KRUG v. PORTER, 83 Ariz. 108 (1957)

317 P.2d 543

Paul KRUG, Appellant, v. Royal PORTER and Catherine Porter, husband and wife, Appellees.

No. 6317.Supreme Court of Arizona.
October 22, 1957.

Appeal from the Superior Court of Pinal County, Frank E. Thomas, J.

Hughes Steward, Phoenix, for appellant.

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Croaff Croaff and Norman H. Whiting, Phoenix, for appellees.

WINDES, Justice.

A lawsuit wherein Jack Collins was plaintiff and Royal Porter and his wife Catherine were defendants and counter-claimants. Basis of the action was to recover on promissory notes executed by defendants. Paul Krug intervened claiming to be the owner and holder in due course of the notes. Trial was had before the court without a jury and on September 19, 1955, judgment was rendered against plaintiff in favor of defendants and counter-claimants and in favor of Krug as holder in due course and that Krug “should have full recovery of same from defendant.” On February 24, 1956, a hearing was had after which the court entered a judgment reciting that a motion for new trial was heard and deciding that the judgment entered September 19th was ineffective because of its uncertainty and ambiguity and rendered another judgment setting forth the respective amounts which intervener should recover on the various notes. The court in this same judgment ordered that the motion for new trial theretofore filed by the defendants Porter with respect to the judgment in favor of intervener be stricken as premature.

On February 27th, defendants filed another motion for new trial. On March 8th, a hearing was had after which the court entered an order reciting that the cause came on regularly for hearing “on defendant’s Motion for a New Trial and Intervener’s Motion to Amend Judgment” (intervener having theretofore made a motion to amend the judgment). This order also recites that the matters were submitted to the court for decision and proceeded to order that intervener’s motion to amend be denied, that intervener Krug was not a holder in due course of the notes and that the judgment theretofore entered in his favor on February 24th be vacated and set aside. Following this order formal judgment was signed and filed adjudging that Krug was not a holder in due course; that his complaint in intervention be denied; and that defendants Porter have judgment in their favor.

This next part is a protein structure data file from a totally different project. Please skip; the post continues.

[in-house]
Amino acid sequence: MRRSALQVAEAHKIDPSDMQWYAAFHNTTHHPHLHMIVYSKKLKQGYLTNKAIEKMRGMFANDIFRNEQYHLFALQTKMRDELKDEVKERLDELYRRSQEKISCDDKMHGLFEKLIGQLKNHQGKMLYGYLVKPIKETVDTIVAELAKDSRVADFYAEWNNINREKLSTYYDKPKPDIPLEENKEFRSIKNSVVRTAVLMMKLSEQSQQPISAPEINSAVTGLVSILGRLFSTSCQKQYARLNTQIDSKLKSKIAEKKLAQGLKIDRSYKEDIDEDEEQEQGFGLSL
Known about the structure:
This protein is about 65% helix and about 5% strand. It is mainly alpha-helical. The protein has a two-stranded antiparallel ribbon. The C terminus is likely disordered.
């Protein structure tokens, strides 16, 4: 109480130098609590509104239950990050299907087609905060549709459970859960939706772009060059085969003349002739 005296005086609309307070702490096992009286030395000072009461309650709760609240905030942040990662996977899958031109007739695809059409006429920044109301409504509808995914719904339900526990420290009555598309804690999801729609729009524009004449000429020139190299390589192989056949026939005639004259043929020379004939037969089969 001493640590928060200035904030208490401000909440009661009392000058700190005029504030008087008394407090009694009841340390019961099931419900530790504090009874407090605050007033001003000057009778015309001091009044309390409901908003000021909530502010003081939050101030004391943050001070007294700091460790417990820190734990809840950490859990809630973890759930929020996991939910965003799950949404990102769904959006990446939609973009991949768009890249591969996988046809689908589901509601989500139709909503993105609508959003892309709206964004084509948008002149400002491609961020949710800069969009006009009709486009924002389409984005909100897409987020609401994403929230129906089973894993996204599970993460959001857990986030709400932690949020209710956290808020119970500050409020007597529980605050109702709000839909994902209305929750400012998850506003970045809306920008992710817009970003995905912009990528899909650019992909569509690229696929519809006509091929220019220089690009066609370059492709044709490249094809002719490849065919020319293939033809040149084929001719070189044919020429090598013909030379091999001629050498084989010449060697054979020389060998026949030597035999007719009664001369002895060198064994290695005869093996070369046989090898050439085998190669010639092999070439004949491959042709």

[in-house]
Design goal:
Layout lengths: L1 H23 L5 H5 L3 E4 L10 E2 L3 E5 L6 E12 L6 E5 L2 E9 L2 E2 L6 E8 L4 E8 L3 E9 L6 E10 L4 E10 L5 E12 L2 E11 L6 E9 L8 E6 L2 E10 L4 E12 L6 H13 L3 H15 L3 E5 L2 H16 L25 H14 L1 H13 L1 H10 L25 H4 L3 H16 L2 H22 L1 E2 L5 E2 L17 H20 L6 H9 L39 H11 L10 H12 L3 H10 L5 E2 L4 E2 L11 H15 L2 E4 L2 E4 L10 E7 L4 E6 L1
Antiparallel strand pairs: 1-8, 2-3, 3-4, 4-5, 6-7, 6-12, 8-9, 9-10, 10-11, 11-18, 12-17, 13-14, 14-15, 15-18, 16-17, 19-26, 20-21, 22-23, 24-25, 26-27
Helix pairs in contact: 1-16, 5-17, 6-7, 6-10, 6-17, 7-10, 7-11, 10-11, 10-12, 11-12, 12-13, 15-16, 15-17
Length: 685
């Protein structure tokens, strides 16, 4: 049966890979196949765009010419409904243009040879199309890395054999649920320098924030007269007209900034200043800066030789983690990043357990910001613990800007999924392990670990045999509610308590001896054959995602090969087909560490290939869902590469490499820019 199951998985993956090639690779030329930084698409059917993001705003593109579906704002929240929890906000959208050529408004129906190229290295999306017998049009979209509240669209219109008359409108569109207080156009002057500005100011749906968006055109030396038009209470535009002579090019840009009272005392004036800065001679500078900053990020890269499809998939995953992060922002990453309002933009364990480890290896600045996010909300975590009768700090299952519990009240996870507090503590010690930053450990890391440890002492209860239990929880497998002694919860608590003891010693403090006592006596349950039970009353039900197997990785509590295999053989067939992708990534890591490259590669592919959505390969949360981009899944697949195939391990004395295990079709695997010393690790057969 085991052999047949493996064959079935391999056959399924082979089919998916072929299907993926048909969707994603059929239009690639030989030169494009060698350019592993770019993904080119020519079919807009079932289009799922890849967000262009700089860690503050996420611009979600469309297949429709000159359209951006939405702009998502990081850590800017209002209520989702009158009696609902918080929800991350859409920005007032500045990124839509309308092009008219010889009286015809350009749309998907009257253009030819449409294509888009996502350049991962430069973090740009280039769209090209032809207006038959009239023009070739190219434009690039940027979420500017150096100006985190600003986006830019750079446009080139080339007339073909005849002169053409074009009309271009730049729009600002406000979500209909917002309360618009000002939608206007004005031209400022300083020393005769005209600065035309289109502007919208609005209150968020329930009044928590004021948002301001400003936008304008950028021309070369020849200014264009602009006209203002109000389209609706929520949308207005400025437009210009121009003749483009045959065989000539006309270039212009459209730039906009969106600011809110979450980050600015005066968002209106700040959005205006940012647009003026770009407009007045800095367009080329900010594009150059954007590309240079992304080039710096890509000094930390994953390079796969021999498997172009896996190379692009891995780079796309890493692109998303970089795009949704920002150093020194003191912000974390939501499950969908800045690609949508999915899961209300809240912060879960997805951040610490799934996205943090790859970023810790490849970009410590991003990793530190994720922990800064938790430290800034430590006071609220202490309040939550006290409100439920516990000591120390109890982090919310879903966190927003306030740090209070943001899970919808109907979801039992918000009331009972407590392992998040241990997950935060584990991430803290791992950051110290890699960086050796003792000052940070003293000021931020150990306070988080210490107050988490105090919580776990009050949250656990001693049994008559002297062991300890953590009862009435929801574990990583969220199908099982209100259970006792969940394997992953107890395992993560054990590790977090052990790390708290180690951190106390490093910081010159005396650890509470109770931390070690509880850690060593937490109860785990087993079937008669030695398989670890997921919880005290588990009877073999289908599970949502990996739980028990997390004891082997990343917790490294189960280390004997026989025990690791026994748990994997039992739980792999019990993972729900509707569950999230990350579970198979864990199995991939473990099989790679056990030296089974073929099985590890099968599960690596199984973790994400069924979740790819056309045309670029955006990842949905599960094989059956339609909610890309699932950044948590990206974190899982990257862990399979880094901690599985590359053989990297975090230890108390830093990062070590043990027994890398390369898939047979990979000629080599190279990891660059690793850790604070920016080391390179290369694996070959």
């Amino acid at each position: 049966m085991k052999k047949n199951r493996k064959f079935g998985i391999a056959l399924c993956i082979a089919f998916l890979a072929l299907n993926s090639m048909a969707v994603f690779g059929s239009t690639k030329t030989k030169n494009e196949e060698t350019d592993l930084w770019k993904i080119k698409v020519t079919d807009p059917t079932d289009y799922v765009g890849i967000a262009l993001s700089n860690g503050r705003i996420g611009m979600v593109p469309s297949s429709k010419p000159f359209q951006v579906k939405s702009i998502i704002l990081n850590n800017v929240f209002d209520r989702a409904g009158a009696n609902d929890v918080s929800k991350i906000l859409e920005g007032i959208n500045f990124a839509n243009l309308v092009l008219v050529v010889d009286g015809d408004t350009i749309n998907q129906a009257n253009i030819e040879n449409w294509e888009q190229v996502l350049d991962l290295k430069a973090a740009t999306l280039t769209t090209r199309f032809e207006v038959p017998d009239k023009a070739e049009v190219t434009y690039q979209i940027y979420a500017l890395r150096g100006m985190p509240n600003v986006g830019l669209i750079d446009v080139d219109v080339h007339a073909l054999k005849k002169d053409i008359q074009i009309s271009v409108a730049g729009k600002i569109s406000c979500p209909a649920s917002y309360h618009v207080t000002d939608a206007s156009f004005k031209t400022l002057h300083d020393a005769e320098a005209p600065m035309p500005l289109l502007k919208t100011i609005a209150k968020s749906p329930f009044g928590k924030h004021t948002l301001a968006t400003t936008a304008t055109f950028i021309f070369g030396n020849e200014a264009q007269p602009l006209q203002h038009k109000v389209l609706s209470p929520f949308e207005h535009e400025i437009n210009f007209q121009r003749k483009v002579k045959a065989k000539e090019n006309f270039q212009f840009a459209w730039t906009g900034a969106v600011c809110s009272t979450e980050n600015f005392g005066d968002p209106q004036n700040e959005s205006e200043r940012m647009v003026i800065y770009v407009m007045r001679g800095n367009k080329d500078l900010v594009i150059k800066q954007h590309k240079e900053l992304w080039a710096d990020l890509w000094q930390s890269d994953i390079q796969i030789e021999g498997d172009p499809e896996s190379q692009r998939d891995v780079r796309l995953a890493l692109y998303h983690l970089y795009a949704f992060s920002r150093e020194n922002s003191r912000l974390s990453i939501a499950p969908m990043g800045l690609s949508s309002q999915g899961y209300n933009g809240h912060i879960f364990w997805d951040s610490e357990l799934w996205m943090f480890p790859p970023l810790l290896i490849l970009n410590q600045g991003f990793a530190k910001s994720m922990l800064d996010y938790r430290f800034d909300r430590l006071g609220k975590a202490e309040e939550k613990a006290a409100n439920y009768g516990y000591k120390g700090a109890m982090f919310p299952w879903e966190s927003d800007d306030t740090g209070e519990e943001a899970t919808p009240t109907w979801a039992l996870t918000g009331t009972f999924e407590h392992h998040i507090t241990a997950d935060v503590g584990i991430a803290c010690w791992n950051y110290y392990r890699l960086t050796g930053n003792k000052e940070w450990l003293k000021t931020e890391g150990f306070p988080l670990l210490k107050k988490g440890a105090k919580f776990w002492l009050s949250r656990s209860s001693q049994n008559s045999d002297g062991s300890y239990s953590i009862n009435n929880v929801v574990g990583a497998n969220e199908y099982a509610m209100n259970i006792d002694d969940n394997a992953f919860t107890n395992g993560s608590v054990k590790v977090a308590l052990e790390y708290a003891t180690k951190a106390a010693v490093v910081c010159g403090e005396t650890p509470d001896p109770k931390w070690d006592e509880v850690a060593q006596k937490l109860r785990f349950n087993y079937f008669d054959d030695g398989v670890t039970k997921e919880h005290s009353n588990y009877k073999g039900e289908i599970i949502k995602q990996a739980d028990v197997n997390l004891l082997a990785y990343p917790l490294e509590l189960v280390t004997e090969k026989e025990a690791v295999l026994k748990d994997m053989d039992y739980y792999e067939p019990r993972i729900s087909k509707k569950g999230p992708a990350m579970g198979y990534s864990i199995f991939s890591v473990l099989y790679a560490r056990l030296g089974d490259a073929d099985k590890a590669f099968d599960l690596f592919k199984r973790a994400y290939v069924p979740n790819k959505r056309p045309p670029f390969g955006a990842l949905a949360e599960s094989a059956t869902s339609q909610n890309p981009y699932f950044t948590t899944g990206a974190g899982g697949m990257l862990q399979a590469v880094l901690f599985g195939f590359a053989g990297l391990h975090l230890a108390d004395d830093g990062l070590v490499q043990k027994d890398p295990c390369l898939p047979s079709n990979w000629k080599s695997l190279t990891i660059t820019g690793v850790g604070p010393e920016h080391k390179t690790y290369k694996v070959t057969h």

Krug appeals and submits the following assignments of error:

“1. The lower court erred in granting a new trial for the reason that the motion was denied by the operation of law.
“2. The court cannot extend the time for hearing a motion for a new trial by making a previously rendered judgment more complete.”

It is apparent that the court at the hearing of March 8th on the motion for new trial invoked the provisions of Rule 59(b), Rules of Civil Procedure (section 21-1304, A.C.A. 1939), 16 A.R.S., which authorizes

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the court on a motion for new trial in an action without a jury to open the judgment and direct the entry of a new judgment. Under the rule the court has two alternatives. It may grant the new trial or, if the record justifies, it may open the original judgment and render what it deems to be the correct one. Freese v. W.M. Bassett Furniture Industries, 78 Ariz. 70, 275 P.2d 758. The court having thus acted, it granted no new trial and the assignment of error based on the erroneous granting of a new trial is without basis in fact and cannot be considered.

The so-called second assignment of error is nothing but a statement of a reason why the motion for new trial had been denied by operation of law under the provisions of section 21-1308, A.C.A. 1939 (Rule 59(e), 1956 Rules of Civil Procedure). These assignments do not present the real question involved as to whether the trial court may, in the event it has lost jurisdiction to hear a motion for new trial under the provisions of Rule 59(e), supra, open and change the judgment. Be that as it may, our view is that the court had not lost jurisdiction to hear this motion. We have held that in the event the 20 days for hearing and disposing of the motion have expired, since the denial of the motion by operation of law was for the benefit of the party who obtained the judgment (intervener here) if he appears at the hearing on the merits thereof and allows its submission for decision, it is the equivalent of stipulating for a hearing of the motion after the expiration of the 20 days and he cannot thereafter claim the court lacked jurisdiction to hear the same. Smith v. City of Nogales, 24 Ariz. 557, 211 P. 592. The record herein reflects that intervener appeared at the hearing of March 8th and the same was submitted to the court for decision without objection.

Judgment affirmed.

UDALL, C.J., and PHELPS, STRUCKMEYER, Jr., and JOHNSON, JJ., concur.